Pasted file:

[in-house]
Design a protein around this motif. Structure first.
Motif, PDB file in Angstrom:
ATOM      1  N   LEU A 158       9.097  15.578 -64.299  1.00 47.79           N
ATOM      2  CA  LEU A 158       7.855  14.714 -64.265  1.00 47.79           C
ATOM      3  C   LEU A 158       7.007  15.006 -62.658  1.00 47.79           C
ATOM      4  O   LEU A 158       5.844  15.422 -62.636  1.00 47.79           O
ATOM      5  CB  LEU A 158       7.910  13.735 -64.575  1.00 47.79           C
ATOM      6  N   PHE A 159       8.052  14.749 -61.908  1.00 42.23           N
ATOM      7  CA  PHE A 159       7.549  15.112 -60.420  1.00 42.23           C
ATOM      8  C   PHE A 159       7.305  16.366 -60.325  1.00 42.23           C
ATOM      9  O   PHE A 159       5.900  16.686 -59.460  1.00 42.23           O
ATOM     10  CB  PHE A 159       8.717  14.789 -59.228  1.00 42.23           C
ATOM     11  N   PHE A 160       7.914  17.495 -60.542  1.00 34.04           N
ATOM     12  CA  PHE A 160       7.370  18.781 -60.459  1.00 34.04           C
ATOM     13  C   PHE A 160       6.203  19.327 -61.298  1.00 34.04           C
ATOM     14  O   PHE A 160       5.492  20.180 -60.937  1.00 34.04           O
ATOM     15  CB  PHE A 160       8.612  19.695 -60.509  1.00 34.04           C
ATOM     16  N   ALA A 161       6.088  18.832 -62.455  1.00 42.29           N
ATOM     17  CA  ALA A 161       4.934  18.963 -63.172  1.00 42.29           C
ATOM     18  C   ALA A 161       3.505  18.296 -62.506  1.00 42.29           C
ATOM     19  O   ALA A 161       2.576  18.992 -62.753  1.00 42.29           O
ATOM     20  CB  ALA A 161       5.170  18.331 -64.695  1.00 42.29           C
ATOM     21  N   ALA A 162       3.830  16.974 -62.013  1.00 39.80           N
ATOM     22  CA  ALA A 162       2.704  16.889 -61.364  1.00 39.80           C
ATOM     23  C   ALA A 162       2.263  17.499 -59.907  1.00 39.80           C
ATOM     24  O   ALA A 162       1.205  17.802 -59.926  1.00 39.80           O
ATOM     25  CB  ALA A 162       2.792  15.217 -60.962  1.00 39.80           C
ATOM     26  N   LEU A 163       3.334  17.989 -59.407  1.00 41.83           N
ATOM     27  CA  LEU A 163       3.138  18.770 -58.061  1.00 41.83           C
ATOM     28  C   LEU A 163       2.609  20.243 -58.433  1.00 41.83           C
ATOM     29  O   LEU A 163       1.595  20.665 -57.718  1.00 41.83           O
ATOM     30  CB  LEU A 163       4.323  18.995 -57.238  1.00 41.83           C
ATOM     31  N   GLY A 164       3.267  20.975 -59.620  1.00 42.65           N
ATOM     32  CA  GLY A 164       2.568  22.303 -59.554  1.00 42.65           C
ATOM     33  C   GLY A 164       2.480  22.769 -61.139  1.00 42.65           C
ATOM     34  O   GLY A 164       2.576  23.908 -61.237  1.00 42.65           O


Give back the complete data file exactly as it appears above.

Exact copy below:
[in-house]
Design a protein around this motif. Structure first.
Motif, PDB file in Angstrom:
ATOM      1  N   LEU A 158       9.097  15.578 -64.299  1.00 47.79           N
ATOM      2  CA  LEU A 158       7.855  14.714 -64.265  1.00 47.79           C
ATOM      3  C   LEU A 158       7.007  15.006 -62.658  1.00 47.79           C
ATOM      4  O   LEU A 158       5.844  15.422 -62.636  1.00 47.79           O
ATOM      5  CB  LEU A 158       7.910  13.735 -64.575  1.00 47.79           C
ATOM      6  N   PHE A 159       8.052  14.749 -61.908  1.00 42.23           N
ATOM      7  CA  PHE A 159       7.549  15.112 -60.420  1.00 42.23           C
ATOM      8  C   PHE A 159       7.305  16.366 -60.325  1.00 42.23           C
ATOM      9  O   PHE A 159       5.900  16.686 -59.460  1.00 42.23           O
ATOM     10  CB  PHE A 159       8.717  14.789 -59.228  1.00 42.23           C
ATOM     11  N   PHE A 160       7.914  17.495 -60.542  1.00 34.04           N
ATOM     12  CA  PHE A 160       7.370  18.781 -60.459  1.00 34.04           C
ATOM     13  C   PHE A 160       6.203  19.327 -61.298  1.00 34.04           C
ATOM     14  O   PHE A 160       5.492  20.180 -60.937  1.00 34.04           O
ATOM     15  CB  PHE A 160       8.612  19.695 -60.509  1.00 34.04           C
ATOM     16  N   ALA A 161       6.088  18.832 -62.455  1.00 42.29           N
ATOM     17  CA  ALA A 161       4.934  18.963 -63.172  1.00 42.29           C
ATOM     18  C   ALA A 161       3.505  18.296 -62.506  1.00 42.29           C
ATOM     19  O   ALA A 161       2.576  18.992 -62.753  1.00 42.29           O
ATOM     20  CB  ALA A 161       5.170  18.331 -64.695  1.00 42.29           C
ATOM     21  N   ALA A 162       3.830  16.974 -62.013  1.00 39.80           N
ATOM     22  CA  ALA A 162       2.704  16.889 -61.364  1.00 39.80           C
ATOM     23  C   ALA A 162       2.263  17.499 -59.907  1.00 39.80           C
ATOM     24  O   ALA A 162       1.205  17.802 -59.926  1.00 39.80           O
ATOM     25  CB  ALA A 162       2.792  15.217 -60.962  1.00 39.80           C
ATOM     26  N   LEU A 163       3.334  17.989 -59.407  1.00 41.83           N
ATOM     27  CA  LEU A 163       3.138  18.770 -58.061  1.00 41.83           C
ATOM     28  C   LEU A 163       2.609  20.243 -58.433  1.00 41.83           C
ATOM     29  O   LEU A 163       1.595  20.665 -57.718  1.00 41.83           O
ATOM     30  CB  LEU A 163       4.323  18.995 -57.238  1.00 41.83           C
ATOM     31  N   GLY A 164       3.267  20.975 -59.620  1.00 42.65           N
ATOM     32  CA  GLY A 164       2.568  22.303 -59.554  1.00 42.65           C
ATOM     33  C   GLY A 164       2.480  22.769 -61.139  1.00 42.65           C
ATOM     34  O   GLY A 164       2.576  23.908 -61.237  1.00 42.65           O